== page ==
State University of New York trustees have appointed a top SUNY official to oversee Alfred University's College of Ceramics and have expressed their frustration that Alfred officials hadn't picked a suitable candidate for the job.
The trustees named Elizabeth D. Capaldi, a former University at Buffalo provost, to the position and directed her to report back to them within 30 days on the operations and finances of the College of Ceramics.
"I'm hoping this is a very short-lived assignment and we work out a [permanent] unit head acceptable to Alfred and our SUNY board of trustees," Capaldi, now a SUNY vice chancellor, said after Tuesday's meeting.
Alfred officials, who say they didn't learn about the resolution until receiving a faxed copy after the meeting, argue the SUNY board overreacted in making the appointment.
"We believe the state university board of trustees has acted precipitously and without a clear understanding of the situation," Michael Hyde, Alfred's vice president for university relations, said in a statement.
The SUNY board resolution comes after 18 months of often-contentious negotiations between SUNY and Alfred officials over the New York State College of Ceramics at Alfred.
The college, which is divided into a School of Art and Design and a School of Engineering, has a national reputation.
What complicates the situation is the fact that the college is a statutory college within a private university.
SUNY contributes to the college's budget -- $9.2 million in support in the current school year -- SUNY trustees approve the head of the college, and they must be consulted on the amount of tuition charged.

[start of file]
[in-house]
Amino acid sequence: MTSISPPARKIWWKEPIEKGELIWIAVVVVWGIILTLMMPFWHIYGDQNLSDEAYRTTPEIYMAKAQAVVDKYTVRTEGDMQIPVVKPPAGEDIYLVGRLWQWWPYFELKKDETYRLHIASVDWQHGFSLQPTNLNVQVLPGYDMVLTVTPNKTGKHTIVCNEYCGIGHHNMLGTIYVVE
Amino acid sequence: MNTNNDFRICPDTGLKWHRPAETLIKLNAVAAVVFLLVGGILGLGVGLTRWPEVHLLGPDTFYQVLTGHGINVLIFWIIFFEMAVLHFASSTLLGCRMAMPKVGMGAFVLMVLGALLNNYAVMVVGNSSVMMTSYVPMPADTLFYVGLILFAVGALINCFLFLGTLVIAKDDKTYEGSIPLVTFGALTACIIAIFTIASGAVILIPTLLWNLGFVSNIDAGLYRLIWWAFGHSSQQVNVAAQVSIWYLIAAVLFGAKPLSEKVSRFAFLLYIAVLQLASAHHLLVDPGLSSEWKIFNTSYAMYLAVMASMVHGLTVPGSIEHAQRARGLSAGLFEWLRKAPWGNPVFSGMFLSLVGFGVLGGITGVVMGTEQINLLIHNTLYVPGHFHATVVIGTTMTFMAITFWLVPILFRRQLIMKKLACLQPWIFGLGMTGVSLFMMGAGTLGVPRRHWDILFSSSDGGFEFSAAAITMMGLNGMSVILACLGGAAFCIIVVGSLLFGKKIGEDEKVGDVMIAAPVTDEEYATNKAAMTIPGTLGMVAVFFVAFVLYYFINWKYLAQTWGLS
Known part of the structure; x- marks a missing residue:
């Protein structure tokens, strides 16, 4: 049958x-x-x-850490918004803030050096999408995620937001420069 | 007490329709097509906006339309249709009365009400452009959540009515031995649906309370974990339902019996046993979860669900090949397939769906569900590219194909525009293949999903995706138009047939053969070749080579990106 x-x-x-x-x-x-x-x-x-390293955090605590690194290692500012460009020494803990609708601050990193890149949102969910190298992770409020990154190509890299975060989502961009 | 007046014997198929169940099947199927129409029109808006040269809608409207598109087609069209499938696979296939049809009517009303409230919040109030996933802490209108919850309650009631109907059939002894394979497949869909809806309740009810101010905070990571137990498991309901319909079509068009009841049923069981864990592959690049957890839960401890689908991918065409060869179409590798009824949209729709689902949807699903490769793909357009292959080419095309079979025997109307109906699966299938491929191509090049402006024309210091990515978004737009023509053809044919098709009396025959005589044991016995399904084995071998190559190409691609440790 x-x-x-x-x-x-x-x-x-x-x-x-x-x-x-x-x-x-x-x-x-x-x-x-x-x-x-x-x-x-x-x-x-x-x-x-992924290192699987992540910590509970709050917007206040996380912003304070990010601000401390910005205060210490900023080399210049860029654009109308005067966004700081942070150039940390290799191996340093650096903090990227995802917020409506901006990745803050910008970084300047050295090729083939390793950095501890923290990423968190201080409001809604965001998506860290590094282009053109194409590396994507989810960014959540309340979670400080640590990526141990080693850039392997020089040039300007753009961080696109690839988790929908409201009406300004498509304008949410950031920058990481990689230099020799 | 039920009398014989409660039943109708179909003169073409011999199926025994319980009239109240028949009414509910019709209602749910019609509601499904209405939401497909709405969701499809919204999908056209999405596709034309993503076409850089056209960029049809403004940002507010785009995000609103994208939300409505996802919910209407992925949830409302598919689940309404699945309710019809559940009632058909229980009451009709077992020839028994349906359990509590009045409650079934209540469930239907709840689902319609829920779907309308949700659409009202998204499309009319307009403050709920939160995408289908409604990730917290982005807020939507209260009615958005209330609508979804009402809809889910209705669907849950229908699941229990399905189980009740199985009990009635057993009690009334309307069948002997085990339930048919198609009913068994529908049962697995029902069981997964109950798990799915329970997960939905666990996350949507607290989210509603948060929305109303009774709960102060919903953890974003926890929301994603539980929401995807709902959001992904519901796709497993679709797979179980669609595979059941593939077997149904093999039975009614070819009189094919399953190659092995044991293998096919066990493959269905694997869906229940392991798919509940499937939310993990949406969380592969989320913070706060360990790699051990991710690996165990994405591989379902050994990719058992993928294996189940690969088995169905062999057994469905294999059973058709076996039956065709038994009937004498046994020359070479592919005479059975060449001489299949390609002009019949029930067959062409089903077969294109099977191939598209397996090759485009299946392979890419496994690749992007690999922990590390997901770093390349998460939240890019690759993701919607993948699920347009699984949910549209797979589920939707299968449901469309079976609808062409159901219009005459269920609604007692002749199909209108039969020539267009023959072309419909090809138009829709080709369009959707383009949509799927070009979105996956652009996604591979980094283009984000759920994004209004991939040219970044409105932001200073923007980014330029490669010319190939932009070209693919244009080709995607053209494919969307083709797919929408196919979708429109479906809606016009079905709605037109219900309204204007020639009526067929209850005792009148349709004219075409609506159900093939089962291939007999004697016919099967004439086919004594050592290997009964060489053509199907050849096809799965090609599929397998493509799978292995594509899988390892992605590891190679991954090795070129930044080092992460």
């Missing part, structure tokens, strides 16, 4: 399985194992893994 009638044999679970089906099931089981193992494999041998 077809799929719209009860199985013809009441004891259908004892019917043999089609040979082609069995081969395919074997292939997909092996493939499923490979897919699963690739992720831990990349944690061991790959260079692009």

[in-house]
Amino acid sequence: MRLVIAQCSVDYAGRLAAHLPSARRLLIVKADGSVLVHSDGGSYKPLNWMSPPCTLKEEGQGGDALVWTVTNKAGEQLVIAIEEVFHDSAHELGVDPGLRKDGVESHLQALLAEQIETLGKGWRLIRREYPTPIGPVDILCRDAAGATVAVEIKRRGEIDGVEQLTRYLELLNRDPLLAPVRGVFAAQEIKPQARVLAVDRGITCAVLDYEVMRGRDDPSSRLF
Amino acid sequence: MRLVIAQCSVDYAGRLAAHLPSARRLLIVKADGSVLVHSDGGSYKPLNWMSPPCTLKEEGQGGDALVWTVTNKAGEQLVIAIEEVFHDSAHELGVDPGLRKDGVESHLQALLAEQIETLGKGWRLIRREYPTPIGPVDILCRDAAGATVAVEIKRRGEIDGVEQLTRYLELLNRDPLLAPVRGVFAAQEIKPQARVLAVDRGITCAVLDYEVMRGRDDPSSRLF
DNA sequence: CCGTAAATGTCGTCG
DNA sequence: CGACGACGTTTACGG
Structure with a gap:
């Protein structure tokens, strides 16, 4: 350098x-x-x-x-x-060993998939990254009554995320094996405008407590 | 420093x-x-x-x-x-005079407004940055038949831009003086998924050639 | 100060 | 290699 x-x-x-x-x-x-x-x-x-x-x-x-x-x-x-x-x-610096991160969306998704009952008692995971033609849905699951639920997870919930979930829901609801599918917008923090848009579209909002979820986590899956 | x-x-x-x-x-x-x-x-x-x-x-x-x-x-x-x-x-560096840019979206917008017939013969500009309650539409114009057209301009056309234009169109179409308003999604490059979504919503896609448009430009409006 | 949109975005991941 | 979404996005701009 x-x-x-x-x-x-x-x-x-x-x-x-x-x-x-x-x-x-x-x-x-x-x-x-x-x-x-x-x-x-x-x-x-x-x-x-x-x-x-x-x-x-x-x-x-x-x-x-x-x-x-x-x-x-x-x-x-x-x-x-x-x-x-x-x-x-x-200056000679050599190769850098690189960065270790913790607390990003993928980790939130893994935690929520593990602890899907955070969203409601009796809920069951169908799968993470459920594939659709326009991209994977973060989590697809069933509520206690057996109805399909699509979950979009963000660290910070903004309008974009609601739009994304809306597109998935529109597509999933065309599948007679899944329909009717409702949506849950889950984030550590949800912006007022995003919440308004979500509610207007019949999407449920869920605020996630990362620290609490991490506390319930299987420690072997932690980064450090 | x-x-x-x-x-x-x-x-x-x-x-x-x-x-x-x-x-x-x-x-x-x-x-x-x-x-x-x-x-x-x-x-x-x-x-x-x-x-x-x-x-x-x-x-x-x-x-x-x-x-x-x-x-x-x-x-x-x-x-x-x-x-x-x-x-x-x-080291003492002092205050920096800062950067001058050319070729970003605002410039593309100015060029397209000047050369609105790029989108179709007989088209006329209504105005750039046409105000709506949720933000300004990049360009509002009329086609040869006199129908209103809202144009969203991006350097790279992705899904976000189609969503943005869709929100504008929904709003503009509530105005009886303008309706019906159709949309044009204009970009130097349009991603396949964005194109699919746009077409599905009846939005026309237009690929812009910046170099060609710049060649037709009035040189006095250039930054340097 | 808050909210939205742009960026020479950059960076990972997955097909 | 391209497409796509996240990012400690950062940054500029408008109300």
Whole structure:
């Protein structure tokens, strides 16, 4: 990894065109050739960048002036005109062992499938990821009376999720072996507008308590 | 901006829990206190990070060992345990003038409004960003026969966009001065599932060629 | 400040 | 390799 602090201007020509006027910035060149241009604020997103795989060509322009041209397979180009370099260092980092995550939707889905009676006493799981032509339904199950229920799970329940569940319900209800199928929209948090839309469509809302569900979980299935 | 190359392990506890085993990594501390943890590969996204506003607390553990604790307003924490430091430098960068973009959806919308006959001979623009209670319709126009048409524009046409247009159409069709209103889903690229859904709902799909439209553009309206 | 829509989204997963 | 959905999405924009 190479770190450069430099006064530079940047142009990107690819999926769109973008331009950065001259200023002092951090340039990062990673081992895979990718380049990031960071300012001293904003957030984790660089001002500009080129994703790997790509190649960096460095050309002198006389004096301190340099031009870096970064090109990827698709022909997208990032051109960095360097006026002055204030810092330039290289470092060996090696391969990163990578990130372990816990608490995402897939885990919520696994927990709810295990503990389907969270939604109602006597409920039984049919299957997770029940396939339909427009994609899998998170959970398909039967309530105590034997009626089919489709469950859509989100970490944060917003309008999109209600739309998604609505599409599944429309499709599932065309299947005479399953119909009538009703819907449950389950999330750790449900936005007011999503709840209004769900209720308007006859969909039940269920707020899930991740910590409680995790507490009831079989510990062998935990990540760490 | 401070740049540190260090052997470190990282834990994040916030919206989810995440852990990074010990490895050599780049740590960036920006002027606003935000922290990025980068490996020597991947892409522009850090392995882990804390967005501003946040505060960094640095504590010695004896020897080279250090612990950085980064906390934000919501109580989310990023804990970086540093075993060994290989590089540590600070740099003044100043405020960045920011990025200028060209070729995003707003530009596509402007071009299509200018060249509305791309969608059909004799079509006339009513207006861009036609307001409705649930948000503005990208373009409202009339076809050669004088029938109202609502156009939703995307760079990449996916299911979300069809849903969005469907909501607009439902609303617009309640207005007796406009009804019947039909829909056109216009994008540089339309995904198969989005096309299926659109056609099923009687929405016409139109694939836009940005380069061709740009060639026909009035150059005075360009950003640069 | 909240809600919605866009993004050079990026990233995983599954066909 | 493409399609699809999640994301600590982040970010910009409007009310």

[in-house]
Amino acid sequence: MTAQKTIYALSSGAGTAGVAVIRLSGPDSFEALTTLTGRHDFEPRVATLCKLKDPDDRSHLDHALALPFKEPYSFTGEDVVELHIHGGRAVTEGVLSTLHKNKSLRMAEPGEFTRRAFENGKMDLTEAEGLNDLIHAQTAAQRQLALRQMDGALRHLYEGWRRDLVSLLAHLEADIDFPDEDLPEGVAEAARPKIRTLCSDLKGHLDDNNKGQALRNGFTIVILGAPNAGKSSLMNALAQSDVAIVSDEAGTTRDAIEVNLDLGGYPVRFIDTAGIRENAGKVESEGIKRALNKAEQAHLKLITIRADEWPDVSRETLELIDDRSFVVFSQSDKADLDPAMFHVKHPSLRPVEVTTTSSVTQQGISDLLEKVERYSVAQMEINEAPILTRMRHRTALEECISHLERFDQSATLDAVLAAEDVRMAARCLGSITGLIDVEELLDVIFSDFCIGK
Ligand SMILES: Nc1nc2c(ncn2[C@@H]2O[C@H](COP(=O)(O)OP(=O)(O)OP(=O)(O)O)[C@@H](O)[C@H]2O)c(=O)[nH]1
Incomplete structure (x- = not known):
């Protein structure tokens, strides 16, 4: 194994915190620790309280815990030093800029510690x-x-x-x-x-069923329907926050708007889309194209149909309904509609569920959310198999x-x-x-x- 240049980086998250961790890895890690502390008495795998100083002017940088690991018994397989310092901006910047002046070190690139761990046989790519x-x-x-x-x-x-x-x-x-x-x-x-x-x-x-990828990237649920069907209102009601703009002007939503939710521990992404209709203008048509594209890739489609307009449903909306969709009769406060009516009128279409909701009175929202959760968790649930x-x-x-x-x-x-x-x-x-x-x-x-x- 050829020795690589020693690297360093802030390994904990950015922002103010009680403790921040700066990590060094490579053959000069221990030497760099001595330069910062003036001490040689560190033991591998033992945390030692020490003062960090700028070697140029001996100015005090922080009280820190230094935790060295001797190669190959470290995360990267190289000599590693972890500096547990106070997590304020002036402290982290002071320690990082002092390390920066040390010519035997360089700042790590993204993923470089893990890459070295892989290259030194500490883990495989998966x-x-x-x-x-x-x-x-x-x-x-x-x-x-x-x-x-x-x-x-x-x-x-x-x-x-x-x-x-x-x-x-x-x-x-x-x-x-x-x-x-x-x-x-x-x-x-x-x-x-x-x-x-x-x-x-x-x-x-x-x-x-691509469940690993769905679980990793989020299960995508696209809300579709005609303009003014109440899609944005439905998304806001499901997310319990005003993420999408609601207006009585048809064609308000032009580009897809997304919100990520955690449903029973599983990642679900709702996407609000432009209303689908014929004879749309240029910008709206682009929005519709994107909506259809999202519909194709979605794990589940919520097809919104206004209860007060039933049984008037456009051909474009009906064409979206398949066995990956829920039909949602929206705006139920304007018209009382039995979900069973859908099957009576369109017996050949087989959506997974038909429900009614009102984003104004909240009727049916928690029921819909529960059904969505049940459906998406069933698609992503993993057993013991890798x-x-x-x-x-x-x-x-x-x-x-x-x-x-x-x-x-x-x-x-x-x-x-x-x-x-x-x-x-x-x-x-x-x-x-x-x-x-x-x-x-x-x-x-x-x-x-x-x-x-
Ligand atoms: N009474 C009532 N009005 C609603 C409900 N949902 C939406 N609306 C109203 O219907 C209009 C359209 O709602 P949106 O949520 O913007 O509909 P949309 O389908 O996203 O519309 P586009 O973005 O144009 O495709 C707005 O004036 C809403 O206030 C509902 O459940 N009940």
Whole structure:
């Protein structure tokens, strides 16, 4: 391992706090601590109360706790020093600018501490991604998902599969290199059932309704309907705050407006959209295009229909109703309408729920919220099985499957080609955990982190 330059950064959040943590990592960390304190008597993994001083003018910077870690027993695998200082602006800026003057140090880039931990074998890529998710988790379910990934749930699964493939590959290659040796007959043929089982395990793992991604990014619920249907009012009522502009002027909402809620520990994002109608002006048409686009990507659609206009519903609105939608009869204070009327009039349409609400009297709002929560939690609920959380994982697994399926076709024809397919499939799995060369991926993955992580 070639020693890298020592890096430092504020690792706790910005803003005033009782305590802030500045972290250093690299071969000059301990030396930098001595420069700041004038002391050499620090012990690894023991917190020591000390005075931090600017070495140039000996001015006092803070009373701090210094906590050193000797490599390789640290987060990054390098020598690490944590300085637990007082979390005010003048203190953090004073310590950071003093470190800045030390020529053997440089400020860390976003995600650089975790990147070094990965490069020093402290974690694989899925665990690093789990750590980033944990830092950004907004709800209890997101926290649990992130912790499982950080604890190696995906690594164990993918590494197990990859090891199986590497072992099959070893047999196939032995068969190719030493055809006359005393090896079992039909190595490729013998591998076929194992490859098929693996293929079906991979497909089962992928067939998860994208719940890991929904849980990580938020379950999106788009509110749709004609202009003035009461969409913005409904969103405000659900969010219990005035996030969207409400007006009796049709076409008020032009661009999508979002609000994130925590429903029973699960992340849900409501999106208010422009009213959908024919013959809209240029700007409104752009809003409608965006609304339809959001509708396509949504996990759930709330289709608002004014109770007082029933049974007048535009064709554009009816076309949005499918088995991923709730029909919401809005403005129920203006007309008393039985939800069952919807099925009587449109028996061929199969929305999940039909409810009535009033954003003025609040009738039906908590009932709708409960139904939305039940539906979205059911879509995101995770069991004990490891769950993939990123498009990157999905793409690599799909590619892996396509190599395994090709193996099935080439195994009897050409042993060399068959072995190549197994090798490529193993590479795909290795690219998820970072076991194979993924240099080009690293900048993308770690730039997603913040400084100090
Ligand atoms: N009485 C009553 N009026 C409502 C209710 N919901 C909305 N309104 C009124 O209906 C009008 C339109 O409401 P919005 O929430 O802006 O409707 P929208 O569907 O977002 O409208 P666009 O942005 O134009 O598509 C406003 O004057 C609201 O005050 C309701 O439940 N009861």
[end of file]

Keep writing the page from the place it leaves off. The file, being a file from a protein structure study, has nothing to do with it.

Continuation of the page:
The dispute at its heart comes down to a question of control of the college and its budget.
Faculty and staff at the college have complained about how university officials operate the college and have asked SUNY officials to intervene.
SUNY officials were concerned enough to send a team to the Alfred campus to delve into the finances of the college, former SUNY Chancellor Robert L. King said at a meeting of the SUNY Faculty Senate in April.
Faculty senators at that meeting passed a "sense of the senate" motion asking SUNY administrators to intervene and to clarify who is responsible for what at the college.
Ryan, the Alfred vice president, said the university has sent the names of three potential candidates to the SUNY board and has been working with State Sen. Catharine M. Young, R-Olean, to find a solution to the stalemate.
However, the resolution passed Tuesday states that Alfred continues to refuse to appoint someone to run the college who is acceptable to the SUNY board.